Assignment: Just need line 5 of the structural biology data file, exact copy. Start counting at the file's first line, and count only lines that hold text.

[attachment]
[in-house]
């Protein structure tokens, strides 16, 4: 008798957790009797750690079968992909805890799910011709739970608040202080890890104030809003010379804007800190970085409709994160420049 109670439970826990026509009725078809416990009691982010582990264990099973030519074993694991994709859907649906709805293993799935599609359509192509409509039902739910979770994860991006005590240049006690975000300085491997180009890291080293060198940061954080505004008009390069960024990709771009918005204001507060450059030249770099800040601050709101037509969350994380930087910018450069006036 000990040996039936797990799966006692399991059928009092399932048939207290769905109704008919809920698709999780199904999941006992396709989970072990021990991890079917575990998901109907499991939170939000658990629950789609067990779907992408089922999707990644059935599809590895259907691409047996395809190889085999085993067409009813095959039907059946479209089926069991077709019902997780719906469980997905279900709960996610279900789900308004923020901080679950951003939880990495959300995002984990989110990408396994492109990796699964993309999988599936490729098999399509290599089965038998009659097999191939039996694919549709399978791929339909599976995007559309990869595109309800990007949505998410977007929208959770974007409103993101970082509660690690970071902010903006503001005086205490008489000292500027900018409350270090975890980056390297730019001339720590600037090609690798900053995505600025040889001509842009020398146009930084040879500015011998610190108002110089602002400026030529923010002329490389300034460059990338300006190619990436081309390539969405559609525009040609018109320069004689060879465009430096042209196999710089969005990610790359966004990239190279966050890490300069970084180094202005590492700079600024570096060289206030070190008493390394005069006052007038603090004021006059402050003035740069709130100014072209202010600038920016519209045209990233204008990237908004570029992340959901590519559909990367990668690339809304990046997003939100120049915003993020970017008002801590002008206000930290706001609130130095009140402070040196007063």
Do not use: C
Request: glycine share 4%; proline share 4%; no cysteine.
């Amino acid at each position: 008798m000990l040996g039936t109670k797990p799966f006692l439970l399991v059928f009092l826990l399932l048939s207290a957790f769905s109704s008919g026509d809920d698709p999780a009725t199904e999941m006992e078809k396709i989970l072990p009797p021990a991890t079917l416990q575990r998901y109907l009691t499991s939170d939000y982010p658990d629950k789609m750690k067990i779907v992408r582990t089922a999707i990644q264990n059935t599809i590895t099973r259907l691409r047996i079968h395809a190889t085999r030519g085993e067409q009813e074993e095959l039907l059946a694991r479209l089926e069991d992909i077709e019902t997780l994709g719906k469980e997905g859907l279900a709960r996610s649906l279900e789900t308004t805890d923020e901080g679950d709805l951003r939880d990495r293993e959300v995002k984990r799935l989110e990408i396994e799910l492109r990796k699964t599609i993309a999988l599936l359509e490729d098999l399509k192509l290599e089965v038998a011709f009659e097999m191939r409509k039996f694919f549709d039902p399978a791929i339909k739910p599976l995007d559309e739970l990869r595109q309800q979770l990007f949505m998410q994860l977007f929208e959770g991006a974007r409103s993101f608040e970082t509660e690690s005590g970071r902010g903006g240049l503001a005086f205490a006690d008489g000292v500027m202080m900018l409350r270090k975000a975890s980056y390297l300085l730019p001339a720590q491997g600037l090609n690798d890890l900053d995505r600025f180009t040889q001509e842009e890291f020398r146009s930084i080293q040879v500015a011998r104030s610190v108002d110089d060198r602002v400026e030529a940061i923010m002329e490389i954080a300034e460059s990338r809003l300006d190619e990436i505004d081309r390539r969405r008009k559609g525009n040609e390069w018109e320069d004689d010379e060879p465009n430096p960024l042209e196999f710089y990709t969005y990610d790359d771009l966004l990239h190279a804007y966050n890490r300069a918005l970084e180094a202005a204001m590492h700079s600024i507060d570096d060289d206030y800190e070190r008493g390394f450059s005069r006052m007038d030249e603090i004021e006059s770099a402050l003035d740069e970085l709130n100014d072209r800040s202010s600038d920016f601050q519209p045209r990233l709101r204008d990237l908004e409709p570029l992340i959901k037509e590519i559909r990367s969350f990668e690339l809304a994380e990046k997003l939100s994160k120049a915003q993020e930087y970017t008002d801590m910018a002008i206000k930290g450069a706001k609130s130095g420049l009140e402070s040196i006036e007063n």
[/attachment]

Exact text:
């Amino acid at each position: 008798m000990l040996g039936t109670k797990p799966f006692l439970l399991v059928f009092l826990l399932l048939s207290a957790f769905s109704s008919g026509d809920d698709p999780a009725t199904e999941m006992e078809k396709i989970l072990p009797p021990a991890t079917l416990q575990r998901y109907l009691t499991s939170d939000y982010p658990d629950k789609m750690k067990i779907v992408r582990t089922a999707i990644q264990n059935t599809i590895t099973r259907l691409r047996i079968h395809a190889t085999r030519g085993e067409q009813e074993e095959l039907l059946a694991r479209l089926e069991d992909i077709e019902t997780l994709g719906k469980e997905g859907l279900a709960r996610s649906l279900e789900t308004t805890d923020e901080g679950d709805l951003r939880d990495r293993e959300v995002k984990r799935l989110e990408i396994e799910l492109r990796k699964t599609i993309a999988l599936l359509e490729d098999l399509k192509l290599e089965v038998a011709f009659e097999m191939r409509k039996f694919f549709d039902p399978a791929i339909k739910p599976l995007d559309e739970l990869r595109q309800q979770l990007f949505m998410q994860l977007f929208e959770g991006a974007r409103s993101f608040e970082t509660e690690s005590g970071r902010g903006g240049l503001a005086f205490a006690d008489g000292v500027m202080m900018l409350r270090k975000a975890s980056y390297l300085l730019p001339a720590q491997g600037l090609n690798d890890l900053d995505r600025f180009t040889q001509e842009e890291f020398r146009s930084i080293q040879v500015a011998r104030s610190v108002d110089d060198r602002v400026e030529a940061i923010m002329e490389i954080a300034e460059s990338r809003l300006d190619e990436i505004d081309r390539r969405r008009k559609g525009n040609e390069w018109e320069d004689d010379e060879p465009n430096p960024l042209e196999f710089y990709t969005y990610d790359d771009l966004l990239h190279a804007y966050n890490r300069a918005l970084e180094a202005a204001m590492h700079s600024i507060d570096d060289d206030y800190e070190r008493g390394f450059s005069r006052m007038d030249e603090i004021e006059s770099a402050l003035d740069e970085l709130n100014d072209r800040s202010s600038d920016f601050q519209p045209r990233l709101r204008d990237l908004e409709p570029l992340i959901k037509e590519i559909r990367s969350f990668e690339l809304a994380e990046k997003l939100s994160k120049a915003q993020e930087y970017t008002d801590m910018a002008i206000k930290g450069a706001k609130s130095g420049l009140e402070s040196i006036e007063n």